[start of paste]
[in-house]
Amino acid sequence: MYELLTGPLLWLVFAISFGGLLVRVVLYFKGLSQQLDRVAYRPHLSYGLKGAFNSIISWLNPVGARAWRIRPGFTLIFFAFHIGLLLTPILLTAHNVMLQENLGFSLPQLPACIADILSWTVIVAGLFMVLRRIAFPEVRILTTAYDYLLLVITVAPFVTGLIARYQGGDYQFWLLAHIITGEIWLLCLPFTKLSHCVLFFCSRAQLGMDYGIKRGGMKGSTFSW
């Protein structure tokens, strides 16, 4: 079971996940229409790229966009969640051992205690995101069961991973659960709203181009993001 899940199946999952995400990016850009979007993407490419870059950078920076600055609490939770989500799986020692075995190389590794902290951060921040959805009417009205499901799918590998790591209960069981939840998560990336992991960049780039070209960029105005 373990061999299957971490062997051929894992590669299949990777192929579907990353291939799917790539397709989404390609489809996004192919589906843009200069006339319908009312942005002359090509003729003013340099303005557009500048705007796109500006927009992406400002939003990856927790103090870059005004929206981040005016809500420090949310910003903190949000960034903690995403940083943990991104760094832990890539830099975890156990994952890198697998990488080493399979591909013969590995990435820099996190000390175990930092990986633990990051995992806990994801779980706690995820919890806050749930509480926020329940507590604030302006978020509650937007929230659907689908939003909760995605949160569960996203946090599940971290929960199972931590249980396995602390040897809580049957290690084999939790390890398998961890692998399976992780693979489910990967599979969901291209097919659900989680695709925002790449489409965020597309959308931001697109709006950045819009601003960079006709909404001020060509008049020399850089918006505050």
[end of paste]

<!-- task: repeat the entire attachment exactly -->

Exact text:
[in-house]
Amino acid sequence: MYELLTGPLLWLVFAISFGGLLVRVVLYFKGLSQQLDRVAYRPHLSYGLKGAFNSIISWLNPVGARAWRIRPGFTLIFFAFHIGLLLTPILLTAHNVMLQENLGFSLPQLPACIADILSWTVIVAGLFMVLRRIAFPEVRILTTAYDYLLLVITVAPFVTGLIARYQGGDYQFWLLAHIITGEIWLLCLPFTKLSHCVLFFCSRAQLGMDYGIKRGGMKGSTFSW
């Protein structure tokens, strides 16, 4: 079971996940229409790229966009969640051992205690995101069961991973659960709203181009993001 899940199946999952995400990016850009979007993407490419870059950078920076600055609490939770989500799986020692075995190389590794902290951060921040959805009417009205499901799918590998790591209960069981939840998560990336992991960049780039070209960029105005 373990061999299957971490062997051929894992590669299949990777192929579907990353291939799917790539397709989404390609489809996004192919589906843009200069006339319908009312942005002359090509003729003013340099303005557009500048705007796109500006927009992406400002939003990856927790103090870059005004929206981040005016809500420090949310910003903190949000960034903690995403940083943990991104760094832990890539830099975890156990994952890198697998990488080493399979591909013969590995990435820099996190000390175990930092990986633990990051995992806990994801779980706690995820919890806050749930509480926020329940507590604030302006978020509650937007929230659907689908939003909760995605949160569960996203946090599940971290929960199972931590249980396995602390040897809580049957290690084999939790390890398998961890692998399976992780693979489910990967599979969901291209097919659900989680695709925002790449489409965020597309959308931001697109709006950045819009601003960079006709909404001020060509008049020399850089918006505050």